Below is its explanation on the website page..
“Globally, Female Sex Workers Who Use and Inject Drugs (FSWWUIDs) face barriers in accessing and utilizing SRHR services. Some of these barriers include higher levels of stigma and discrimination, family/community rejection, GBV, economic hardships, judgmental attitudes/misinformation from service providers (regarding their ability/suitability to have/raise their own children) and the unfavourable legal/policy environment. These barriers impact access to contraceptives, appropriate ante- and post-natal care; HIV/STI services (prevention, care, treatment, and psychosocial support services), SGBV prevention services, cancer screening/management services, infertility/abortion services and accurate information. FSWWUIDs have greater vulnerability than men to HIV, HCV, STIs and other blood borne; and are less enabled to access and adhere to ART than their male counterparts. Some of them experience forced/coerced sterilisation or abortion and have had their children takenaway and placed under foster/caregiver care.
The limitations in access to SRHR services as described above further leads to other challenges such as high rates of unintended pregnancies, high rates of unintended pregnancy and abortion. This could be summed up to mean that FSWWUIDs are not accessing and utilising essential and comprehensive SRHR services as have been provided for in guidelines and human rights instruments as fundamental health rights. The challenging condition is made worse by the fact that most FSWWUIDs neither know nor can demand for their SRH rights.
Supported by UHAI, the Alliance of Women Advocating for Change (AWAC) developed this toolkit for three reasons i.e.,
(i) help service beneficiaries to understand integrated SRHR services and empower them to challenge stigma and discrimination associated with access to services at health facility and/or community level;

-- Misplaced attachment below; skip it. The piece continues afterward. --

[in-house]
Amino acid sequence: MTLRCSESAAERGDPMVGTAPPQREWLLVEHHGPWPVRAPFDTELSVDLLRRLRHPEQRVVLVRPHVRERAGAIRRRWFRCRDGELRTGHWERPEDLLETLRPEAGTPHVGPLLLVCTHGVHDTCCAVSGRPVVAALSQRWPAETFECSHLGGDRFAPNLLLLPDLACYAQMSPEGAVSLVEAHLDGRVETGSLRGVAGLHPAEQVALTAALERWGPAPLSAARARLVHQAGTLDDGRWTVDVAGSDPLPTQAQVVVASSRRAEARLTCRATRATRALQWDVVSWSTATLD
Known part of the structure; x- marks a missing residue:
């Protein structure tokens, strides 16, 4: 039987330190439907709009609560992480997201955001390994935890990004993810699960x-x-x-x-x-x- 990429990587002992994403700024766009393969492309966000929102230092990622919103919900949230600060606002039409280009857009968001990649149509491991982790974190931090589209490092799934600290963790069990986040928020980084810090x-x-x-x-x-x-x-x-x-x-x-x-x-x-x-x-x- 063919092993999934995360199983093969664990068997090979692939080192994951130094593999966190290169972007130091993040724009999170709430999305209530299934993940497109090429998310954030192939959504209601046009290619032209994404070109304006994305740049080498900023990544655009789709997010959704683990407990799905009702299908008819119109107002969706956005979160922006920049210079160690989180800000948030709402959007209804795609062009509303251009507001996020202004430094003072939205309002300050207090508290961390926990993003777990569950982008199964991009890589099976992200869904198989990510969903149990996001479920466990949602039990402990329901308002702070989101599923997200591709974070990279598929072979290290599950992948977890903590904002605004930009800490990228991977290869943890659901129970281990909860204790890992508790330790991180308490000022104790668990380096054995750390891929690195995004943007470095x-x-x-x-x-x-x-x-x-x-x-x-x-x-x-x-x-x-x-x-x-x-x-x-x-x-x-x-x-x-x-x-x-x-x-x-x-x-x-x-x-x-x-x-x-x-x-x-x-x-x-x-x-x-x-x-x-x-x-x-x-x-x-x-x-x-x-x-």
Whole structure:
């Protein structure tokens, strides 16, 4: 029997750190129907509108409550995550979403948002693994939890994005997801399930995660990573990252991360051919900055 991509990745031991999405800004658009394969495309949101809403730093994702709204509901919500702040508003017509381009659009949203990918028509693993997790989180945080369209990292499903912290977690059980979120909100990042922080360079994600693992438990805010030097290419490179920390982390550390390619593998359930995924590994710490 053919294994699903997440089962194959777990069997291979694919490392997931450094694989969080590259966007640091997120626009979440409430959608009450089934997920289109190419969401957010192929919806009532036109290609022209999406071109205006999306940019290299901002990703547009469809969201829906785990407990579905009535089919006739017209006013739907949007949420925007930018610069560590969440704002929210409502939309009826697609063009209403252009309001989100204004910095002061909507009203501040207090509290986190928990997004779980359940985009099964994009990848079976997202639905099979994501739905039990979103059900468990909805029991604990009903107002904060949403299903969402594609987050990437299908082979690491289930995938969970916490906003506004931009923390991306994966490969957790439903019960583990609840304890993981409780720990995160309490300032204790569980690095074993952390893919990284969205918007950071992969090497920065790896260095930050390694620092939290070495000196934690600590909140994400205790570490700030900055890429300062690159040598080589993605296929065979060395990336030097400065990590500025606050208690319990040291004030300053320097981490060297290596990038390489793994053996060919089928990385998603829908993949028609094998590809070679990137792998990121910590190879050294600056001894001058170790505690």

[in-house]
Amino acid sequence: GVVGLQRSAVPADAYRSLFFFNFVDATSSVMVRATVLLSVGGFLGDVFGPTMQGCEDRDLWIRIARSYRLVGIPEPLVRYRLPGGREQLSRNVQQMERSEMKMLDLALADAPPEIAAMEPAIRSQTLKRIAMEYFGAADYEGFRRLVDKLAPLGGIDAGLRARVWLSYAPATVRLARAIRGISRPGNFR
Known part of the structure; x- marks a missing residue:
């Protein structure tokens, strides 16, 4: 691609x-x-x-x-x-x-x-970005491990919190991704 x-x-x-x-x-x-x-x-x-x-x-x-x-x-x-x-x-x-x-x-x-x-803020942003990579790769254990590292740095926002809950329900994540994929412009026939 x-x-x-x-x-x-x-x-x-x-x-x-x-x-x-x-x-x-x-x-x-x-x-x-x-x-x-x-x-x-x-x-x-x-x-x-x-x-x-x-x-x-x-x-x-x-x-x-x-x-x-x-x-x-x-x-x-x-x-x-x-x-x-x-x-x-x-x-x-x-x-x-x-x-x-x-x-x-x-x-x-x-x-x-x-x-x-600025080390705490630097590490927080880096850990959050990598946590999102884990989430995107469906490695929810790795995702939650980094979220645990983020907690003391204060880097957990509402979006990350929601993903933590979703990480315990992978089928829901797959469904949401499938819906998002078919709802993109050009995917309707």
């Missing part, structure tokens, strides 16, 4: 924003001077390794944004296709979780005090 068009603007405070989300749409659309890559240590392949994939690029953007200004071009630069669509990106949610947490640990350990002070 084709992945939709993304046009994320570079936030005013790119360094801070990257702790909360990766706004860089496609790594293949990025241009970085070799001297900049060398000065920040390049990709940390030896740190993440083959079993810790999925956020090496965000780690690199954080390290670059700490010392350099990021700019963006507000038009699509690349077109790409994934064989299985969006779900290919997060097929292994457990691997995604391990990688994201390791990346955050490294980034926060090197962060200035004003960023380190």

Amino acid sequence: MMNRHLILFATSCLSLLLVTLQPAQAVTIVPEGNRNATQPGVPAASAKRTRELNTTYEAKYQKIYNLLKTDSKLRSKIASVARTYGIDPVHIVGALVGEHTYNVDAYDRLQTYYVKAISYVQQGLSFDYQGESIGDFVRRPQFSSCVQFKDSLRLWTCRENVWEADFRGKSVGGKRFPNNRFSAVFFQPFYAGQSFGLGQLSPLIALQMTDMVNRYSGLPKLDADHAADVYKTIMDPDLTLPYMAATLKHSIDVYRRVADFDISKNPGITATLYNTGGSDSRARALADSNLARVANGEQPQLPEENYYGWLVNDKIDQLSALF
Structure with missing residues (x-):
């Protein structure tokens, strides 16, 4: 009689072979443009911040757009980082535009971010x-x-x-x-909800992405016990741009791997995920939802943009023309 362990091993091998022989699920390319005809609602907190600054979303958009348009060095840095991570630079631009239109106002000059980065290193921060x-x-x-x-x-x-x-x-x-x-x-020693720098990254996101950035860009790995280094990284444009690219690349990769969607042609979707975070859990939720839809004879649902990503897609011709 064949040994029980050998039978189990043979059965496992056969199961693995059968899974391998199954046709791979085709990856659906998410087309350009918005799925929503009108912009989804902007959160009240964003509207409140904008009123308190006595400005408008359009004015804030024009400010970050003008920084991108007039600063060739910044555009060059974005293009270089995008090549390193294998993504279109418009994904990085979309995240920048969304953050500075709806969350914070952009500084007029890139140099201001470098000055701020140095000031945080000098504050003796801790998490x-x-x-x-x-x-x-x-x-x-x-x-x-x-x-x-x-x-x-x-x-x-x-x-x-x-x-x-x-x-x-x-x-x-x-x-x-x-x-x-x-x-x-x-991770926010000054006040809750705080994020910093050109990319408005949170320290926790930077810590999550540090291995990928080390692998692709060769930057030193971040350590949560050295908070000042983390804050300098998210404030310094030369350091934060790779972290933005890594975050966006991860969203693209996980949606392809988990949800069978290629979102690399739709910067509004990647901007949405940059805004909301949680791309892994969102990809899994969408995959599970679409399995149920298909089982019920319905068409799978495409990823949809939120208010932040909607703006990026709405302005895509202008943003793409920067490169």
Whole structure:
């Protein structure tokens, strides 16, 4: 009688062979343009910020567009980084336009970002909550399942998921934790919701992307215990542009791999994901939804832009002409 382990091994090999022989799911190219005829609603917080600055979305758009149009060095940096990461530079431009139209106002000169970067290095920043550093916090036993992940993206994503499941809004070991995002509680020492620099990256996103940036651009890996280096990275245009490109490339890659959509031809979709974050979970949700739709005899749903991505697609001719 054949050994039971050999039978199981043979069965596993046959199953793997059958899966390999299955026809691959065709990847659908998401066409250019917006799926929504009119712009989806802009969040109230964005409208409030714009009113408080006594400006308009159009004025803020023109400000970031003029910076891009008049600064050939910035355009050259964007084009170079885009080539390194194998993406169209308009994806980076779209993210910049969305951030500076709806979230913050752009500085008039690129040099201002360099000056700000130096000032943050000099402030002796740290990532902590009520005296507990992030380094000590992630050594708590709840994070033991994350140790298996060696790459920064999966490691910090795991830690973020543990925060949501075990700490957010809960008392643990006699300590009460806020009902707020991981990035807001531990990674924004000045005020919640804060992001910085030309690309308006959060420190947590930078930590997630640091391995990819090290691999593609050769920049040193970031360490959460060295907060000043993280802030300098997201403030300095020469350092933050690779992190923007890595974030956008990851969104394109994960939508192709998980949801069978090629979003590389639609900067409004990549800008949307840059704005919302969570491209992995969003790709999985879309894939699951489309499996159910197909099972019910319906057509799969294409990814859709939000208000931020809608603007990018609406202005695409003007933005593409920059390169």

(ii) guide those who provide services to FSWWUIDs including drop-in centres and harm reduction services on the importance of integrated SRHR services and
(iii) provide recommendations on SRHR service integration for FSWWUIDs.
The health system should have effective and efficient mechanisms for;
(i) Detection, prevention and treatment of HIV and other STIs (including reproductive tract infections);
(ii) Detection, prevention and management of reproductive cancers;
(iii) Detection, prevention and management of sexual and gender-based violence;
(iv) Prevention, management and treatment of infertility;
(v) Safe and effective abortion services and treatment of unsafe abortion;
(vi) Counselling and services for modern contraceptives with focus on choice;
(vii) Safe and effective antenatal, childbirth and postnatal care;
(viii) sharing information, counselling and services for sexual health and wellbeing; and
(ix) sharing accurate information and counselling on sexual and reproductive health, including evidence-based Comprehensive Sexuality and education (CSE).
Integration does not mean that all sexual and reproductive-health or other services must be provided on site, but it does require that health-care providers have the knowledge and skills to provide an appropriate basic package of services and to refer patients for other necessary services that are not provided at that site.
Sexual and Reproductive Health Rights for FSWWUIDs are not unique but are similar to those of all individuals and include:
(i) have their bodily integrity, privacy and personal autonomy respected;
(ii) freely define their own sexuality, including sexual orientation and gender identity and expression;
(iii) decide whether and when to be sexually active;
(iv) choose their sexual partners;
(v) have safe and pleasurable sexual experiences;
(vi) decide whether, when and whom to marry;
(vii) decide whether, when an…